A pe­cu­liar­ity in the Pyre­nees

The Weekend Australian - Travel - - TRAVEL & INDULGENCE - NORM SI­MONS WIL­LIAMSTOWN, VIC­TO­RIA Send your 400-word con­tri­bu­tion to Fol­low the Reader: travel@theaus­tralian.com.au. Colum­nists re­ceive a pack of Maine Beach prod­ucts cre­ated us­ing cer­ti­fied or­ganic ex­tra vir­gin olive oil from the McLaren Vale re­gion of

We skirted Toulouse, in the south of France, on the ring road about mid­day. Our ul­ti­mate des­ti­na­tion was Barcelona and our route would take us to Spain through the Pyre­nees via the 9km-long Som­port Tun­nel.

Our jour­ney started in the lit­tle vil­lage of Saint Leon sur Vezere in the Dor­dogne re­gion. We pro­grammed our GPS to guide us to the lit­tle-known Span­ish en­clave of Llivia, just in­side the French bor­der high in the Pyre­nees. The vil­lage was sup­posed to be ceded to France in 1659 in the Treaty of the Pyre­nees as part of the spoils af­ter the Thirty Years War, but the 13sq km piece of Span­ish ter­ri­tory was sim­ply for­got­ten about and has re­mained in­side France for the past three and a half cen­turies.

It was in the early af­ter­noon head­ing into the foothills of the Pyre­nees that we started to do some se­ri­ous climb­ing. As we drove higher, the di­rec­tions of the GPS be­came er­ratic. On a se­ries of switch­back turns, English Jane, the voice of our GPS, an­nounced that a sharp left turn was com­ing up. Had we taken this ad­vice we would have ended up in a river bed 40m be­low. Our ap­pre­hen­sion in­creased as the light be­gan to fade. English Jane an­nounced a de­vi­a­tion in the route. The al­ter­na­tive road she pro­posed was lit­tle more than a goat track.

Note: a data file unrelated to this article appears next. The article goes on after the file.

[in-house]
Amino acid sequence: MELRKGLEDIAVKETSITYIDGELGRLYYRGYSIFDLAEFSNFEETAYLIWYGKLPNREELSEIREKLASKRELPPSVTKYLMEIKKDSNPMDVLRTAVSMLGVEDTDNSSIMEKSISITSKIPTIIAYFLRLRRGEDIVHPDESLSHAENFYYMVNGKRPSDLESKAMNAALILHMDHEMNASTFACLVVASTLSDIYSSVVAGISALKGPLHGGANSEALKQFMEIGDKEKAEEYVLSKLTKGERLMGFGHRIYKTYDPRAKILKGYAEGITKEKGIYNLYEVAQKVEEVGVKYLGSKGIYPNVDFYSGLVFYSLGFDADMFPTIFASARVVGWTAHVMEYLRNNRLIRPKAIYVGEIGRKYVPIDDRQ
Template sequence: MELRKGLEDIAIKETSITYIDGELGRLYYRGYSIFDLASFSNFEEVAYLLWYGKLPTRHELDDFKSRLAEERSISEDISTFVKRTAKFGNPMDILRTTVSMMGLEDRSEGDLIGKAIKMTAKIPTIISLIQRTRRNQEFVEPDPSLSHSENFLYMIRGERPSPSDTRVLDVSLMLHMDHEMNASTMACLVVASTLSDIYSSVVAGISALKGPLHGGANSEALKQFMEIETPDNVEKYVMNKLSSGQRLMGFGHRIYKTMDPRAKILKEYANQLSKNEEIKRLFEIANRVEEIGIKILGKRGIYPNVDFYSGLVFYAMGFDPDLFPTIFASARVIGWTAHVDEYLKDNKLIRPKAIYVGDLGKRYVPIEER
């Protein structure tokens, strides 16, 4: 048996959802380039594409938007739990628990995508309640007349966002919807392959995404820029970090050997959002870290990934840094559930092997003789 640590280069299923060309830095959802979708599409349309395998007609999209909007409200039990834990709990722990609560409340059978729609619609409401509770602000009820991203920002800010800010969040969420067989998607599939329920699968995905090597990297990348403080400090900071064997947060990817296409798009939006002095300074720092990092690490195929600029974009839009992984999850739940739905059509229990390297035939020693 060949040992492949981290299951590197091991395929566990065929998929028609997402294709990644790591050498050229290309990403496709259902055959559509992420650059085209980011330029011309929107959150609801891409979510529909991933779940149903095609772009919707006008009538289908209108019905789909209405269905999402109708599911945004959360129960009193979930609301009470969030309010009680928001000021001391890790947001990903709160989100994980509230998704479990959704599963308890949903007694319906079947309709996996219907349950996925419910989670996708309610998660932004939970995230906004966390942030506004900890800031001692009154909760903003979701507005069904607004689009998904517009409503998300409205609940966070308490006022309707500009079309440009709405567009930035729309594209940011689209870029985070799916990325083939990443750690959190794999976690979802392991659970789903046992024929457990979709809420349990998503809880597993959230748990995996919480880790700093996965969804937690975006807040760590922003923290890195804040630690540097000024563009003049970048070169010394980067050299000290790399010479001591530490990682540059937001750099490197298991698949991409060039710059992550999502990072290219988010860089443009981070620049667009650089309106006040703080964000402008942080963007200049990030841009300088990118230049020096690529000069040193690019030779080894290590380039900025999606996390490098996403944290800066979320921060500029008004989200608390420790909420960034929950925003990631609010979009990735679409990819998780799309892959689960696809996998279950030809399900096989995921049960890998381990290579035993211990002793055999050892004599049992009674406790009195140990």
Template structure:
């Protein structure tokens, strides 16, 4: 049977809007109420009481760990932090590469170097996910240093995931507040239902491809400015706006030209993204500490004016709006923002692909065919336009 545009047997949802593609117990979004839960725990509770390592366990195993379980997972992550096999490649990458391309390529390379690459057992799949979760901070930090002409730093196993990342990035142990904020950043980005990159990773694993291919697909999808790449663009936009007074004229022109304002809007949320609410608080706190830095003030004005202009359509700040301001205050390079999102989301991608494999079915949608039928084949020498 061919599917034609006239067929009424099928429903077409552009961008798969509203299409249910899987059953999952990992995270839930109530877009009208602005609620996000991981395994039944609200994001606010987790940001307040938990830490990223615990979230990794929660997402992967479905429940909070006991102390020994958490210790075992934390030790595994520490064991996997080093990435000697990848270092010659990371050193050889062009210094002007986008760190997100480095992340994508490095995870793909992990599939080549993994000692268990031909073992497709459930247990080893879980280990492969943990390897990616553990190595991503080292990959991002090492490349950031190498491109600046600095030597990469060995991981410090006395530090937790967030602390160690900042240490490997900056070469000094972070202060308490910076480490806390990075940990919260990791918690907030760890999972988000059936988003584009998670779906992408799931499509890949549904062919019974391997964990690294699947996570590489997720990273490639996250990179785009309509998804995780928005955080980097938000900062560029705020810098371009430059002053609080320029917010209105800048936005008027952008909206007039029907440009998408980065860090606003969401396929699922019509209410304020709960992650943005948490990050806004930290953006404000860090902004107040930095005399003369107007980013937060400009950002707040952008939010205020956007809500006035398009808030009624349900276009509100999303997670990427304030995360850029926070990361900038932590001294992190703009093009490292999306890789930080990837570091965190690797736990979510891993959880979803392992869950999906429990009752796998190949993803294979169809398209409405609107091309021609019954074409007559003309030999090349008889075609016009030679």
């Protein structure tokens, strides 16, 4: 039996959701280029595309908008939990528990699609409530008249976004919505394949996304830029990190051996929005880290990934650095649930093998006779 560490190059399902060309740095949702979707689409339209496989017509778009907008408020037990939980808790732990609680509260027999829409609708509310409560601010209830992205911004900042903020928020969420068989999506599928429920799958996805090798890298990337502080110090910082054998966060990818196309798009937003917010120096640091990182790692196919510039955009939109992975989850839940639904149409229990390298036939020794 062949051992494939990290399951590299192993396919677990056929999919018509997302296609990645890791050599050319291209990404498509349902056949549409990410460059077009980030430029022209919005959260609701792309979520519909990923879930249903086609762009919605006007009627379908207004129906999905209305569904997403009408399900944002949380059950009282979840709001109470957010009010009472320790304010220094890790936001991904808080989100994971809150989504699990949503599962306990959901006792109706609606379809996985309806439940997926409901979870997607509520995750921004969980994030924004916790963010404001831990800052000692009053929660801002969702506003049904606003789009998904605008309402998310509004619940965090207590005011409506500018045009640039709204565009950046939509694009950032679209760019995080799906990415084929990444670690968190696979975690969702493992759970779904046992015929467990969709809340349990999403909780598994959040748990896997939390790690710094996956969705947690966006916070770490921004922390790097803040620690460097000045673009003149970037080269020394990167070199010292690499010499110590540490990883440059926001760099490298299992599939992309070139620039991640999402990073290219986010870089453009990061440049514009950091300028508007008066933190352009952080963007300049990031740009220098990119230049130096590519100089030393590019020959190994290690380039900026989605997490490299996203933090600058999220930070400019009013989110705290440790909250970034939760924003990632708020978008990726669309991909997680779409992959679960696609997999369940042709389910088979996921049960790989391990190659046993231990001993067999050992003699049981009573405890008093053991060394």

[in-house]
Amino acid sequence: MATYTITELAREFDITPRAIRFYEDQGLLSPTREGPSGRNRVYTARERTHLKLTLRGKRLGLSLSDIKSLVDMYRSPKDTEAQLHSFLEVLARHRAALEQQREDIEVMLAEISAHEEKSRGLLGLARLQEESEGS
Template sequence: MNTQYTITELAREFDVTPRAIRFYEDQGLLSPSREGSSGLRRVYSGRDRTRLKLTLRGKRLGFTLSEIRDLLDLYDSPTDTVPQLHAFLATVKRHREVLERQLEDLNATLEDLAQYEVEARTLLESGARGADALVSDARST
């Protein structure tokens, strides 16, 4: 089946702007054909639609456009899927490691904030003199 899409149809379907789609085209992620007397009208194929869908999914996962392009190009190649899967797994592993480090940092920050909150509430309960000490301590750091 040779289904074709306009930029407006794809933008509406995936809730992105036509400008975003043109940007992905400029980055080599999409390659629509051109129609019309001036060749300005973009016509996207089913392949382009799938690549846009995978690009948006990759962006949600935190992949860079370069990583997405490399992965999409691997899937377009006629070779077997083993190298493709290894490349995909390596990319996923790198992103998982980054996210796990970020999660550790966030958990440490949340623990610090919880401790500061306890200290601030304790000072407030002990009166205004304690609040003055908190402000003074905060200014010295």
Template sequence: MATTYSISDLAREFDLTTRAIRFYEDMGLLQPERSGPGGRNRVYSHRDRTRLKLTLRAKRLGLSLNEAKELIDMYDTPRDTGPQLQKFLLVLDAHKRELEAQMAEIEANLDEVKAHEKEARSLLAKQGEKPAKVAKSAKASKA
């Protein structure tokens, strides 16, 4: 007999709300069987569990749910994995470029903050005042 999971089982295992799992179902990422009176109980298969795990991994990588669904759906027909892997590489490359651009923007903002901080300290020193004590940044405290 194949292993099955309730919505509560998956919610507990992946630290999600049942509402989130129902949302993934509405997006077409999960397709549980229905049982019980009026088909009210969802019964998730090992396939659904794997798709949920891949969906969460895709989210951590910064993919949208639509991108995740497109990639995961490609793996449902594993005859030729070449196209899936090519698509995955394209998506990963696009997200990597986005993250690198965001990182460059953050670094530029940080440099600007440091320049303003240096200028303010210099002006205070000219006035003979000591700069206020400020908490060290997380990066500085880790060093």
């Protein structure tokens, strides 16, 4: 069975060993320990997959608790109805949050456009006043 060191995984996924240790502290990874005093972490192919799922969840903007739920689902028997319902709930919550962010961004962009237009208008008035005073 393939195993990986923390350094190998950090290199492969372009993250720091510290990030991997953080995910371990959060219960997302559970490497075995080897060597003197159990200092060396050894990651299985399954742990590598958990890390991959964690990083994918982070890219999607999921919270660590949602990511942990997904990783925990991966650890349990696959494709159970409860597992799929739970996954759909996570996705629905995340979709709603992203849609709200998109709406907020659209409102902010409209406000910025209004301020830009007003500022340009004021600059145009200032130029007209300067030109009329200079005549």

We con­tin­ued on only to find that the de­vi­a­tion was caused by clo­sure of the Som­port Tun­nel. There was noth­ing for it but to press on over the sum­mit. For­tu­nately, a truck with Span­ish plates passed us and we fol­lowed. Some time later we de­scended into a high val­ley.

We turned off the main road, drove a few kilo­me­tres through pas­ture land and ar­rived in Llivia just be­fore dark. The only in­di­ca­tion that we had crossed a bor­der was one small sign and a stone marker that read “Llivia”.

The story goes that ev­ery May mem­bers of Spain’s Guardia Civil and French gen­darmes meet at the stone marker and check whether it has been moved by either side to gain more ter­ri­tory. And there is an on­go­ing bor­der dis­pute over cows. Are they French cows graz­ing in Spain or Span­ish cows graz­ing in France? Some­thing to chew the cud over, I sup­pose.

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